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‘Crown of Times’ a play about Black hair returns for one night only

Mandile Mpofu
‘Crown of Times’ a play about Black hair returns for one night only
The cast of “Crown of Times.” From left, Vanessa Silva, Kerline Jules, Musu-kulla Massaquoi, Thamanai Jeremie, Michele Avery and Yvette Modestin (Lepolata Apoukissi). COURTESY PHOTO

Michele Avery and Yvette Modestin share a passion for artistic expression. They have known each other for over 20 years and have partnered on various creative projects. So, coming together to produce a play about the intricacies of Black hair was a natural next step.

Neither Avery nor Modestin, who also uses her Yoruba name Lepolata Apoukissi, has a background in playwriting, but they recognized the necessity of telling this story. In Modestin’s line of work as an artist and activist focusing on reparative justice, she has witnessed Black adults and children get emotional while speaking about their hair.

Michele Avery and Yvette Modestin (Lepolata Apoukissi) said they wanted Black women to see themselves in the characters in “Crown of Times.” COURTESY PHOTO

Avery and Modestin also have both worn their hair natural for over two decades and have become well acquainted with the implications of doing so.

“As Black people, we have to deal with the microaggressions that come against us for Black hair,” said Avery, a writer and producer. “Often Black hair comes with judgment. Too often Black hair comes with repercussions in the workforce. And too often Black hair, at times, comes with punishment.”

When the pair received a Live Arts Boston grant, they decided to push the bounds of what they thought they could do creatively. From their partnership came “Crown of Times,” a play borne of their “love for all things Black” and a desire to uplift Black stories, Modestin said. The play had an initial sold-out run at the Museum of Science in the summer of 2023 and returns to the museum on Feb. 23 for an encore.

“Crown of Times” spans five decades, each with a corresponding monologue wherein characters discuss the repercussions of having Black hair.  The play covers the respectability politics of the 1950s, the Black is Beautiful movement of the 1970s and the role Black hair played in the sexual liberation of the 1990s. Avery said the play incorporates raw dialogue and is “in solidarity with the Crown Act,” a law in 23 states that prohibits race-based hair discrimination.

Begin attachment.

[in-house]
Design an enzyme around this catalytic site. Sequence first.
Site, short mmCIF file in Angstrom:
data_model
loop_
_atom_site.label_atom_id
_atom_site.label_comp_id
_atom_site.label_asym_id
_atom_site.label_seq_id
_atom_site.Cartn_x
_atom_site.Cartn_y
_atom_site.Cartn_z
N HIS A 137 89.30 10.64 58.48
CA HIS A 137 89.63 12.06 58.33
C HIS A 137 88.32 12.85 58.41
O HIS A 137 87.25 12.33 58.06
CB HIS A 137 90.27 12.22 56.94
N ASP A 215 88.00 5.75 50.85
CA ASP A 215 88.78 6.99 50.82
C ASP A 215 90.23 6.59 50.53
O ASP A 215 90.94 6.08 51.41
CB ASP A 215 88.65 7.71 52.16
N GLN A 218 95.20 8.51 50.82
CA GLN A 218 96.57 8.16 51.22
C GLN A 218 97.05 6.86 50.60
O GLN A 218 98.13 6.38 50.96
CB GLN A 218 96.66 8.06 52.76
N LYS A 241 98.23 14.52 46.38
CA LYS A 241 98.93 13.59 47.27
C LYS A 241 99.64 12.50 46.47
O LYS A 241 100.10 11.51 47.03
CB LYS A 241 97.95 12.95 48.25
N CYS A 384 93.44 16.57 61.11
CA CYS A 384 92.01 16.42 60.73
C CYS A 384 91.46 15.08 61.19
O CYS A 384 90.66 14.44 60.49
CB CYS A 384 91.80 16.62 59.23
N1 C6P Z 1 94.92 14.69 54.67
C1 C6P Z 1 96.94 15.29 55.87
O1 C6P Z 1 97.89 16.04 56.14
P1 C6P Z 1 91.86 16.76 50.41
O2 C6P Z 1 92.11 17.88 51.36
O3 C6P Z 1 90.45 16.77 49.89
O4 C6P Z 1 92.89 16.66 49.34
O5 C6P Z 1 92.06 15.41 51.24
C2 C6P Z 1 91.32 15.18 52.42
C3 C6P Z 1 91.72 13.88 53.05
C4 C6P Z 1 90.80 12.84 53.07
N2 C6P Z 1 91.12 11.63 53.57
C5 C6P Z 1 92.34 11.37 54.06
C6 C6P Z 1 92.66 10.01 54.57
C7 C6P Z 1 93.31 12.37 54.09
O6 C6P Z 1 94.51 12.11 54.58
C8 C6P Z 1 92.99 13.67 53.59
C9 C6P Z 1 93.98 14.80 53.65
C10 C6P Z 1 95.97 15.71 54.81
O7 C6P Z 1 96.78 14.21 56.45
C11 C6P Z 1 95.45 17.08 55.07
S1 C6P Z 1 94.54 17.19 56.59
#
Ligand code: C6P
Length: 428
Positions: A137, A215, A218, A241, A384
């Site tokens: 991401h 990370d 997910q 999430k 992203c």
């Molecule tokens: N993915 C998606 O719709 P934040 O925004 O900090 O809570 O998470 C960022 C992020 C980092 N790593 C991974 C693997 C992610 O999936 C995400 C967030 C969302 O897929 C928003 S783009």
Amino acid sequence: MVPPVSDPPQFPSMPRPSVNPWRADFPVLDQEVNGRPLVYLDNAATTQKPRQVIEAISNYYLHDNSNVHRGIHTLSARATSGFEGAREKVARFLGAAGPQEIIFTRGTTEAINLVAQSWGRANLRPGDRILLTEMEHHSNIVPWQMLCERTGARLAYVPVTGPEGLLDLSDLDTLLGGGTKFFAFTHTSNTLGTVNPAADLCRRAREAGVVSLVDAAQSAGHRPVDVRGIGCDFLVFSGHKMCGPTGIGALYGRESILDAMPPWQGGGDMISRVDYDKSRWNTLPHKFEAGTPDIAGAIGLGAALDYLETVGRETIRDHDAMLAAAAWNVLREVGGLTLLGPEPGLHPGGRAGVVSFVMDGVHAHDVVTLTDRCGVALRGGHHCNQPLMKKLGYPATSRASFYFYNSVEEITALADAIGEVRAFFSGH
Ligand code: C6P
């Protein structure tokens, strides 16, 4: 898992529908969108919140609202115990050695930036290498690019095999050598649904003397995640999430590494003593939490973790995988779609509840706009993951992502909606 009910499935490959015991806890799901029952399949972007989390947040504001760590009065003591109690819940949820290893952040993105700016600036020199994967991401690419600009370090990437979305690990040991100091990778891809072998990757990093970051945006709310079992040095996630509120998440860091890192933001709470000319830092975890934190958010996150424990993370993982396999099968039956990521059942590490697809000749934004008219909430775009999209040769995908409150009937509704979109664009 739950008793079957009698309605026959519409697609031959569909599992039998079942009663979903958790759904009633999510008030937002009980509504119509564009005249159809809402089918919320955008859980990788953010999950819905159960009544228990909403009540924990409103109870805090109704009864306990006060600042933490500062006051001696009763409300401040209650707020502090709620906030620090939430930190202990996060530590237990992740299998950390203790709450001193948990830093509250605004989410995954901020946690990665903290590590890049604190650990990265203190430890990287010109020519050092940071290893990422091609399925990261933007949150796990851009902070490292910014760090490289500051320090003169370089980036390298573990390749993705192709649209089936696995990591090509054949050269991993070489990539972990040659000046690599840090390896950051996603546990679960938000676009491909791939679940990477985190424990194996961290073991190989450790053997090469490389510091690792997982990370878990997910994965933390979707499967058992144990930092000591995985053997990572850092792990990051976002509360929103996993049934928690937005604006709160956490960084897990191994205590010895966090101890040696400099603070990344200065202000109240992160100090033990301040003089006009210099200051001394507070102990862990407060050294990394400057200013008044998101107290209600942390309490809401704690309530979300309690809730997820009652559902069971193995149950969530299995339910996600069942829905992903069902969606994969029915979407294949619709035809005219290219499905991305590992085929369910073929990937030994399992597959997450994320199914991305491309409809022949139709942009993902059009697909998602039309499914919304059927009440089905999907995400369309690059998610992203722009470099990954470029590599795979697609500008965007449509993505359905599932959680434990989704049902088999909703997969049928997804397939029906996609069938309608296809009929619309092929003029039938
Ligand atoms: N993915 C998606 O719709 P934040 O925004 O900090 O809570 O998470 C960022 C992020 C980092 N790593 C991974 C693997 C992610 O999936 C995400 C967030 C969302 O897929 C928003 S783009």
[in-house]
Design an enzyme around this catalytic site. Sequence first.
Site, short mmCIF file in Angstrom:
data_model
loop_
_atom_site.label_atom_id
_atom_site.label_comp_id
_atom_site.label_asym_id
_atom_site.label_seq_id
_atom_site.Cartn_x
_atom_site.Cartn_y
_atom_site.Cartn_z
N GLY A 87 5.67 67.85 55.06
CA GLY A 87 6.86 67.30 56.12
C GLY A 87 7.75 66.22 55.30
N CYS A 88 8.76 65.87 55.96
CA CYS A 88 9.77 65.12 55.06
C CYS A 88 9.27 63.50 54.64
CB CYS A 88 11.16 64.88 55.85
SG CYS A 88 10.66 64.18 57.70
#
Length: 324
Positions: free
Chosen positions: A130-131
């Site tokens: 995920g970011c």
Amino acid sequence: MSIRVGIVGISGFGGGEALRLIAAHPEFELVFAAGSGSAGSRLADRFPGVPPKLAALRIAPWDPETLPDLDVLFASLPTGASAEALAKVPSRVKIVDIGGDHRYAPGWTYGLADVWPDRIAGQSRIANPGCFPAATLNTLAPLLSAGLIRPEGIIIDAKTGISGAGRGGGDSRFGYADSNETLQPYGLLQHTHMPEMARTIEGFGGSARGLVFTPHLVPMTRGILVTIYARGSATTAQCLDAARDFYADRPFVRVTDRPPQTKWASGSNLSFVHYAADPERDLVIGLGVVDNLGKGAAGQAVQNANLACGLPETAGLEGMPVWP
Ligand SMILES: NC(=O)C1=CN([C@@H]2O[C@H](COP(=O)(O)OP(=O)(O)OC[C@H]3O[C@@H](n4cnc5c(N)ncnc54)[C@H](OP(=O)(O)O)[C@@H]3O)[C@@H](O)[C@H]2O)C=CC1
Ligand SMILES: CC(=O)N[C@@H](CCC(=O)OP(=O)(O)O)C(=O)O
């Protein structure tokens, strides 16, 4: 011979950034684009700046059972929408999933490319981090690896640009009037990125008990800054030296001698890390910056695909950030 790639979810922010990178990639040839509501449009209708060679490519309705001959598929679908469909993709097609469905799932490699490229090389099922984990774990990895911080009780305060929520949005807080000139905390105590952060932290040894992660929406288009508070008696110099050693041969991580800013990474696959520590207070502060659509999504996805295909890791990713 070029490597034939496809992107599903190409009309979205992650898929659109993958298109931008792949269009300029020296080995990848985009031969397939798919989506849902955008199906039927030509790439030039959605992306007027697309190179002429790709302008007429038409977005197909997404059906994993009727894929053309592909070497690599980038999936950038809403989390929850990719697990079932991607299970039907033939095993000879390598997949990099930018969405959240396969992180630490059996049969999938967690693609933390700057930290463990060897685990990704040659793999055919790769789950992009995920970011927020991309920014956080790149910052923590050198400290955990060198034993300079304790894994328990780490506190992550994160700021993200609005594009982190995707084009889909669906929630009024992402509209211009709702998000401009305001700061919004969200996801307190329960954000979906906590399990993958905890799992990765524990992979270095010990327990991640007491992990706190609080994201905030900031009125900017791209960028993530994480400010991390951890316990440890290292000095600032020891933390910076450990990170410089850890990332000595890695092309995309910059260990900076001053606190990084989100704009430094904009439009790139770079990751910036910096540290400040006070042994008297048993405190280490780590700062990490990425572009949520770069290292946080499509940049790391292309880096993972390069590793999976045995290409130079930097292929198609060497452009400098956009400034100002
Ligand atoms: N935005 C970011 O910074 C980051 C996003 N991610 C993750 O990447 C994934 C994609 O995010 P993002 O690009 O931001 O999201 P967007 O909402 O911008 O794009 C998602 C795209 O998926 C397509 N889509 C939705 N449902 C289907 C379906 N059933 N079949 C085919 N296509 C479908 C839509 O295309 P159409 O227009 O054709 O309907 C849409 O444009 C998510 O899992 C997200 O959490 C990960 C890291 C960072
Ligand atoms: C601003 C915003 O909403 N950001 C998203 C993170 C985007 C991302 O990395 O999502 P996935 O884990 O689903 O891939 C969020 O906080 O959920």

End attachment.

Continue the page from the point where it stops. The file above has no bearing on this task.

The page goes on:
“We’re not looking for people to be sitting in their chairs and feel comfortable,” she said. “We’re looking to make you uncomfortable.”

Modestin and Avery also create work about and for Black men, but with “Crown of Times,” they wanted Black women in the audience to see themselves, especially those who struggle with self-worth, Avery said.

During its summer run, “Crown of Times” attracted a diverse audience, which Modestin said she was pleased to see. The play gave audience members who weren’t Black or African American the opportunity to “know that this is an issue for us” and “see the intensity and the depth” of the obstacles Black women face. But the creators also wanted them to celebrate alongside Black women, to “know our truth, and to know our love, and to know our joy,” Modestin said.

She added that “Crown of Times” also serves a broader purpose.

“We’re now living in a climate where books that we read that have shaped us are being banned,” she said. “And then we have to find other forms for those young people that will not be reading those books to still have some historical knowledge that hair has a history, hair has a place in the civil rights movement, hair has a place in the Black Arts Movement … It tells the American story. It tells the African American story.”